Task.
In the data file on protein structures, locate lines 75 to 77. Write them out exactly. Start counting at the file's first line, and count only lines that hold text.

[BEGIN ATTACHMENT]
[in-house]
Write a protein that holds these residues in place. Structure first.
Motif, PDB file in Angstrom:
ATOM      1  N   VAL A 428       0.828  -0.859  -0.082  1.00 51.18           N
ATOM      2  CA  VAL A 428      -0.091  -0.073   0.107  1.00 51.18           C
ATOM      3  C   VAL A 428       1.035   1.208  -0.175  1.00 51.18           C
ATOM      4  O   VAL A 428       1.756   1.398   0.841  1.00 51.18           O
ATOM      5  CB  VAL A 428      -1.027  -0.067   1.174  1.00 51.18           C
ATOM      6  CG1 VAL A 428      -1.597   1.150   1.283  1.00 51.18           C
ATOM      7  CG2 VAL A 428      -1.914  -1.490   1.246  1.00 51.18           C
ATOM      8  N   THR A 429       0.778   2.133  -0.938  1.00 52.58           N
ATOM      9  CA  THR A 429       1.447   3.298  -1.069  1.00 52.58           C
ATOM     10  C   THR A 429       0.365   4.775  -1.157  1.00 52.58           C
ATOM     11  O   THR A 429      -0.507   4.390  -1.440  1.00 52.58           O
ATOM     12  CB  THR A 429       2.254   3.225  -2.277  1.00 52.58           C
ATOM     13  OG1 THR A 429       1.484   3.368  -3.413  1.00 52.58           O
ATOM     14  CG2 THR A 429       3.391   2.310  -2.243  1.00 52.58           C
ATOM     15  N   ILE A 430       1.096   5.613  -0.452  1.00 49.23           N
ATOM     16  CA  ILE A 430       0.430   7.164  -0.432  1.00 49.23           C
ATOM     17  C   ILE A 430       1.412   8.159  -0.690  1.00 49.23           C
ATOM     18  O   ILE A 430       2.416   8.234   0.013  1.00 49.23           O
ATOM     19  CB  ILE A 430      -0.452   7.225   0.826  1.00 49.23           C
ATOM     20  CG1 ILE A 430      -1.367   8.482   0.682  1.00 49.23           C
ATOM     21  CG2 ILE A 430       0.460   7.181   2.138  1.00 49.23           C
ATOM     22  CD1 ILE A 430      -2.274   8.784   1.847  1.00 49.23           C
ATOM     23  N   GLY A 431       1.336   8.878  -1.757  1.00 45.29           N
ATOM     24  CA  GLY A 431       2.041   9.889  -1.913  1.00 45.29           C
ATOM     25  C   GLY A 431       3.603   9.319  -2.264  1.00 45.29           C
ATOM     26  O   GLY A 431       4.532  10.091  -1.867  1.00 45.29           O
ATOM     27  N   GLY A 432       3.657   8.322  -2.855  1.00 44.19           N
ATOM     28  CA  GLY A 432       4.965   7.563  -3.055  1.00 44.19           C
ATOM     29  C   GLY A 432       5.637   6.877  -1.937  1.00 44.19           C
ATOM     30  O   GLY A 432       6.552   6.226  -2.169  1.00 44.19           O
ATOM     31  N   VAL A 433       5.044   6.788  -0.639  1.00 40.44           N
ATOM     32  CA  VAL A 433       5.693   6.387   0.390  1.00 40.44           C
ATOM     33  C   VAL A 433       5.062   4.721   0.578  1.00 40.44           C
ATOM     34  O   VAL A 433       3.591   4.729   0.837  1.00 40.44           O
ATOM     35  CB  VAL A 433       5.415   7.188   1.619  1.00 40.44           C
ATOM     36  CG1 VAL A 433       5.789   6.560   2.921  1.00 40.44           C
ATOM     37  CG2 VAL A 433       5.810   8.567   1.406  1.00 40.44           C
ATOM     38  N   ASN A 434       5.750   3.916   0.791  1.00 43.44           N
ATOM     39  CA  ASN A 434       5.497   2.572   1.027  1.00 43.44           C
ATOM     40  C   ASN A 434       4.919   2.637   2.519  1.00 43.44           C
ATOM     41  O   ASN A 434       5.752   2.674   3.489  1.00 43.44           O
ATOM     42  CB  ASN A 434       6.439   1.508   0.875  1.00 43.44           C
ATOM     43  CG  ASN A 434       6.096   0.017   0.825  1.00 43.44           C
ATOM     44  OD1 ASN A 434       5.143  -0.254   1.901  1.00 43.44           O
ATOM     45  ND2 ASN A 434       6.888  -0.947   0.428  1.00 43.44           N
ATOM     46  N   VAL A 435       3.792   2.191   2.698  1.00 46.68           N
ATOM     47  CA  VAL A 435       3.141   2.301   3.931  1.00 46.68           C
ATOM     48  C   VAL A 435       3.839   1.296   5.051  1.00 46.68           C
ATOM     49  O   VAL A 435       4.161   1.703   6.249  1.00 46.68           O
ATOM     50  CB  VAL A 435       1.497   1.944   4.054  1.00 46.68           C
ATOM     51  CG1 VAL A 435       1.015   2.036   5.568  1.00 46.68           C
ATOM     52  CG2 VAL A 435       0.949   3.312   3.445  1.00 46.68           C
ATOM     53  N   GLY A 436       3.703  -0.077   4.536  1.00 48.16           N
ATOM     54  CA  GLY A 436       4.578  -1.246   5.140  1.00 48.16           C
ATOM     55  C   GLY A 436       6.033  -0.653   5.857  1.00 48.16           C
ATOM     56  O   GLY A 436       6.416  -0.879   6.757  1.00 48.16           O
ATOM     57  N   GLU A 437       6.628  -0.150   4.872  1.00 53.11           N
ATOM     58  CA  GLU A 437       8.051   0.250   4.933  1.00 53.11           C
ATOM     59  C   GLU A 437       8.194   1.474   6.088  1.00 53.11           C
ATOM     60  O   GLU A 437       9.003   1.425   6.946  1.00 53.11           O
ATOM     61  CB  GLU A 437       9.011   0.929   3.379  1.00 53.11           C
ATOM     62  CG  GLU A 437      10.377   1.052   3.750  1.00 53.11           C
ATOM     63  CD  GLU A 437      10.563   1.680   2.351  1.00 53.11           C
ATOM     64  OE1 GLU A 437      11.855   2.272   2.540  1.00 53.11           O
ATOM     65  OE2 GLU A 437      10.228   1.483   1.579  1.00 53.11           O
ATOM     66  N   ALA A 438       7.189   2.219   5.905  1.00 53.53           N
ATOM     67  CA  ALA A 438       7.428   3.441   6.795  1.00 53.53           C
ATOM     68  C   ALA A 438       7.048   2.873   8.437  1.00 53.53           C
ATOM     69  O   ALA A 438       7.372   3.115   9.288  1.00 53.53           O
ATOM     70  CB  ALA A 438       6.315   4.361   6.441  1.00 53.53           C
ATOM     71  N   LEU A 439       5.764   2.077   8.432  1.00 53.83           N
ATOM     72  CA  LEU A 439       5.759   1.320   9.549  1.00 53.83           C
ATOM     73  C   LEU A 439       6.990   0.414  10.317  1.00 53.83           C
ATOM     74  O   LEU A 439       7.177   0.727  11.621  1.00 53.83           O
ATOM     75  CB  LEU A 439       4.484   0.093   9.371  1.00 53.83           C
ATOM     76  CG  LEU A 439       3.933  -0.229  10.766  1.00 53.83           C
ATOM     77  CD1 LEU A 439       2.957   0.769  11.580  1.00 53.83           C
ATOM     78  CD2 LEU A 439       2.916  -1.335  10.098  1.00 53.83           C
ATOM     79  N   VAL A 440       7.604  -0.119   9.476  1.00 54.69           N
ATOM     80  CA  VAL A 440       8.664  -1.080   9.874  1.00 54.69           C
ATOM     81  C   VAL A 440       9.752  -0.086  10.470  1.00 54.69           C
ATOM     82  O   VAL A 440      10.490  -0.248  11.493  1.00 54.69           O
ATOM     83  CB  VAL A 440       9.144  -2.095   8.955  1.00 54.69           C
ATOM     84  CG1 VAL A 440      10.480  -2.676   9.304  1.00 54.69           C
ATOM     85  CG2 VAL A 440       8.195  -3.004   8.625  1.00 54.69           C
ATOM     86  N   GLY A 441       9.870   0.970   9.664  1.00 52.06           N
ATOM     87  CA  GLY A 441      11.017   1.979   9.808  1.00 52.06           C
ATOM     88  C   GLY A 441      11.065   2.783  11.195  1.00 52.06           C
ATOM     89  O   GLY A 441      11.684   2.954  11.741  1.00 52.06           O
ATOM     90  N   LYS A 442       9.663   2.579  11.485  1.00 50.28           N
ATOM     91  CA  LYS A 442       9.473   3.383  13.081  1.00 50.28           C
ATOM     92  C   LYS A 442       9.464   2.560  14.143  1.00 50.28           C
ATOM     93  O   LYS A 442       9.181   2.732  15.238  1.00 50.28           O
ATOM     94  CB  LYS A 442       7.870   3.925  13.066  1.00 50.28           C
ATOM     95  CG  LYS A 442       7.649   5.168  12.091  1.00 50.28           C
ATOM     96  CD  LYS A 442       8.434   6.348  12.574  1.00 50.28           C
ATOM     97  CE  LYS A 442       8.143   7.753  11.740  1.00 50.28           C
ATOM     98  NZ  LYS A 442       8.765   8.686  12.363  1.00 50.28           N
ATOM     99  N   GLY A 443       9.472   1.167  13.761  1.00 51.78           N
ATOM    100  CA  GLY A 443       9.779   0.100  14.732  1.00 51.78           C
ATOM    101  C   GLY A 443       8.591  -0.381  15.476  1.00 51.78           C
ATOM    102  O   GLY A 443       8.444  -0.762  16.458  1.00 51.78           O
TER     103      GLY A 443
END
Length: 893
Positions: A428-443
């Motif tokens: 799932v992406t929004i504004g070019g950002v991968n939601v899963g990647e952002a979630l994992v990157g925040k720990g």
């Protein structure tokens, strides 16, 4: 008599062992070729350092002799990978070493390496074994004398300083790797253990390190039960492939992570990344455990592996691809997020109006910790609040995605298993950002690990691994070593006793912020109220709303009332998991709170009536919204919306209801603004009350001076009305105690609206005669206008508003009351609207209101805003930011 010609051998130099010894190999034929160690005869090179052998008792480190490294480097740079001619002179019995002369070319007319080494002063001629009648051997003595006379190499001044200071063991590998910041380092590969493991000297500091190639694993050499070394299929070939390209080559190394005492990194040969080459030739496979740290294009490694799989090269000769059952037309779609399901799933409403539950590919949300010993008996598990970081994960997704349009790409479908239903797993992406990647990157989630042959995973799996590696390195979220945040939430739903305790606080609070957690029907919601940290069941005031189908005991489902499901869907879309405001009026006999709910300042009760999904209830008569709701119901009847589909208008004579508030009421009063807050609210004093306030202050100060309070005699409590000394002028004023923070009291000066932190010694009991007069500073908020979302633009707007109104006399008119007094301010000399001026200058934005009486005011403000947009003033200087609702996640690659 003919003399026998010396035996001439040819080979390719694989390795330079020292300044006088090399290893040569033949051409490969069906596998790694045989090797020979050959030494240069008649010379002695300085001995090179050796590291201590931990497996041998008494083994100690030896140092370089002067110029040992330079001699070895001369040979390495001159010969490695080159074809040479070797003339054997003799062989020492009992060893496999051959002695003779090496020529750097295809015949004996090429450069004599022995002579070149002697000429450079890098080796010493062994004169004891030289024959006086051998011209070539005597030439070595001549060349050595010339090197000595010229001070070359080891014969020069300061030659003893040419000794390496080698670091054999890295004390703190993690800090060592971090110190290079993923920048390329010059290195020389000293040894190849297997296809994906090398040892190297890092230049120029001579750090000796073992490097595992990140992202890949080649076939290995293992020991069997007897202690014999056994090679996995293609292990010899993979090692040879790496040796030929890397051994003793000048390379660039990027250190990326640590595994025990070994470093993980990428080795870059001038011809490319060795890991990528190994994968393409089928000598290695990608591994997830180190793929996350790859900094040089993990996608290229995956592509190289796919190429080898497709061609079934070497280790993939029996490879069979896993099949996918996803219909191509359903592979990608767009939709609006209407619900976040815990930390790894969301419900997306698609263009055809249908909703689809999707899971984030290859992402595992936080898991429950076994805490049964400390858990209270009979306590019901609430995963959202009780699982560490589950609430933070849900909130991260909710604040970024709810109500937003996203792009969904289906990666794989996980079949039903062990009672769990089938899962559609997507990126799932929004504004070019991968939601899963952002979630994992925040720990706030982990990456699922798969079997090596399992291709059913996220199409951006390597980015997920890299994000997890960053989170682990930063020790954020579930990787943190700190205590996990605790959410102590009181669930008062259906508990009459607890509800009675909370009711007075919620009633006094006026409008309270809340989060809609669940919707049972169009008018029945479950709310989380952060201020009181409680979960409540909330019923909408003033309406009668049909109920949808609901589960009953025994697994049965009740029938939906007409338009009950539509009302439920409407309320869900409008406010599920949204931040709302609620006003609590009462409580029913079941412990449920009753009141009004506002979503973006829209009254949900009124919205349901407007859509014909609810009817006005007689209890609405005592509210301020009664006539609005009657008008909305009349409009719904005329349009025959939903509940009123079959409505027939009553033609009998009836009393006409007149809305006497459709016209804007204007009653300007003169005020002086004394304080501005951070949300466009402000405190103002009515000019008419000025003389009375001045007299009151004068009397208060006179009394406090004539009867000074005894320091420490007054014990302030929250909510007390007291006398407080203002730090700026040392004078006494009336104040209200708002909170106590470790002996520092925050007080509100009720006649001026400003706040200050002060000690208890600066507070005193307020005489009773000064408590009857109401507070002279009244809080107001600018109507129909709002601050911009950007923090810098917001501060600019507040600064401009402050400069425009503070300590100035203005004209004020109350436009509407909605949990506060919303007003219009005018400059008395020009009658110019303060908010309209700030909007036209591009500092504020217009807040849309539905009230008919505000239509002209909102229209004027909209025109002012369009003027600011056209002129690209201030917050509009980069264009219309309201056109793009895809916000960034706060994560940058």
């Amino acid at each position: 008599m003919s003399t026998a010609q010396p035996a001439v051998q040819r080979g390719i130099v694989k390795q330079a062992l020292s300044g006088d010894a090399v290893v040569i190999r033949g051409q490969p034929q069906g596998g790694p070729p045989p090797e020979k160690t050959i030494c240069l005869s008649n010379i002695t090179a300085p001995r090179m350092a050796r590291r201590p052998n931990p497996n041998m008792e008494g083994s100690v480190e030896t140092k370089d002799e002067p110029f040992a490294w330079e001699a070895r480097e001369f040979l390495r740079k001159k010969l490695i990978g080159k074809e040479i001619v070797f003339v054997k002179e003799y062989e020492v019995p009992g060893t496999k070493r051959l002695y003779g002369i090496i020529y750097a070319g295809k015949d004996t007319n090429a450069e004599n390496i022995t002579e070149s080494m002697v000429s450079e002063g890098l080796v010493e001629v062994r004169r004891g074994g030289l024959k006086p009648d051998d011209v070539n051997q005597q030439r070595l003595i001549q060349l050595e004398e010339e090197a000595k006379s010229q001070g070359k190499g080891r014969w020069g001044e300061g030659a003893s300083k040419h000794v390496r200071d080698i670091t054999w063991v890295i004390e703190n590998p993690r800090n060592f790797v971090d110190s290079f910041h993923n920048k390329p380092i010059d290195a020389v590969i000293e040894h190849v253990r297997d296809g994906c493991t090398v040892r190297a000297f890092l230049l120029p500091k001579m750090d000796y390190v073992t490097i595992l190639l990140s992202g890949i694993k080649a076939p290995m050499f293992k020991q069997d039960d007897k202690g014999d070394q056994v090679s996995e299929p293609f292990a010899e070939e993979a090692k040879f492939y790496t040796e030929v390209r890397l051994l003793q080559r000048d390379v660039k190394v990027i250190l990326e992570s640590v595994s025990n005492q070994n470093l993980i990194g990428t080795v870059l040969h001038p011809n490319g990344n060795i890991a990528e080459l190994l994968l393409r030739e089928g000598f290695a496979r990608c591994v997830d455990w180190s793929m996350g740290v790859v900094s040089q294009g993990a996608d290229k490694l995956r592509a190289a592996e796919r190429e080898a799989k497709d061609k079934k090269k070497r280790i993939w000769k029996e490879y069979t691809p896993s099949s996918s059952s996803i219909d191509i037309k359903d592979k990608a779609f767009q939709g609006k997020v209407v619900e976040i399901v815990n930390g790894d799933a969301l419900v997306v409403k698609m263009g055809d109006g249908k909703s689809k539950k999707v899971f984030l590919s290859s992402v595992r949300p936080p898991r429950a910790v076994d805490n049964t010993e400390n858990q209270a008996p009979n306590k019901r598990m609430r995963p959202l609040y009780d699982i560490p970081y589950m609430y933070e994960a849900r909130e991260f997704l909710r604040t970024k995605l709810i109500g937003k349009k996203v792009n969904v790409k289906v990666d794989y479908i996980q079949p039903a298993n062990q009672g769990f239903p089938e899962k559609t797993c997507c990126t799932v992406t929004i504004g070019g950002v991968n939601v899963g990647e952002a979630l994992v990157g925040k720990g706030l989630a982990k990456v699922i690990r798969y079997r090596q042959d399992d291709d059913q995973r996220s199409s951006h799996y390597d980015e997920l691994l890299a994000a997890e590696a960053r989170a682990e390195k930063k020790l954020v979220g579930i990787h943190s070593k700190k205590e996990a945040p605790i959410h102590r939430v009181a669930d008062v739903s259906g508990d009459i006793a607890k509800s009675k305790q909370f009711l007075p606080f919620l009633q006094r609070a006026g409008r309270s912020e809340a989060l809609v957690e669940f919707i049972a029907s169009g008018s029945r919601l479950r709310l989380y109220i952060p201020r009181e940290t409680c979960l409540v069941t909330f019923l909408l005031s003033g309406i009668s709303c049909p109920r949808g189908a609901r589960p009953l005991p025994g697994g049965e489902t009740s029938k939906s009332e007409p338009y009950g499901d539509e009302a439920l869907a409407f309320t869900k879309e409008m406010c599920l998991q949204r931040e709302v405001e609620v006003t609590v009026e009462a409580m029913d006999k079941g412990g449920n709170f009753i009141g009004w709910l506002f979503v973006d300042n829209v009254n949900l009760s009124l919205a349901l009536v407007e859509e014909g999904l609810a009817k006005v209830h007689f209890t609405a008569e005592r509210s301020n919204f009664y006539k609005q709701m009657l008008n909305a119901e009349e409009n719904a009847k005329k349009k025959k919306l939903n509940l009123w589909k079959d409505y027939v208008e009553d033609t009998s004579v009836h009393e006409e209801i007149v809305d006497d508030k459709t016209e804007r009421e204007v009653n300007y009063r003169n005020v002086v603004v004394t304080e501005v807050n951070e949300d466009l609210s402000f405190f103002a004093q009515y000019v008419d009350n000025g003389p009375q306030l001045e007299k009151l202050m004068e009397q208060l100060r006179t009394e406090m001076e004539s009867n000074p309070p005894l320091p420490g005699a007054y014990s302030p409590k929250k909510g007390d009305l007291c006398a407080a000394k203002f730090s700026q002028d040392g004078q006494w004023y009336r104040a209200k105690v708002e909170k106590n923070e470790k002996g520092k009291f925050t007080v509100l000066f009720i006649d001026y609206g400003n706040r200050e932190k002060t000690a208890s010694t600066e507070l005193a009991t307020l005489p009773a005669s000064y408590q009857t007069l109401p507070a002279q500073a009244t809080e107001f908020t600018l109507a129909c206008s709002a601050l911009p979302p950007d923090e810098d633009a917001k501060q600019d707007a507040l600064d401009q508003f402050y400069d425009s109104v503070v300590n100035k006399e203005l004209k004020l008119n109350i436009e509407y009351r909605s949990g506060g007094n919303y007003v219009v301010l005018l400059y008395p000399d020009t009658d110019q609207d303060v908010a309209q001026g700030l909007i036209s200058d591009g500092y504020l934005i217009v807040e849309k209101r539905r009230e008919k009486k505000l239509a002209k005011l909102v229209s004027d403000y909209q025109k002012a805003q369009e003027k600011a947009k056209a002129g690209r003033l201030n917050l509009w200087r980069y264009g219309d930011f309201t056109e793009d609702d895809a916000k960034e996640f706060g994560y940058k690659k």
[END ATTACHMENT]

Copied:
ATOM     72  CA  LEU A 439       5.759   1.320   9.549  1.00 53.83           C
ATOM     73  C   LEU A 439       6.990   0.414  10.317  1.00 53.83           C
ATOM     74  O   LEU A 439       7.177   0.727  11.621  1.00 53.83           O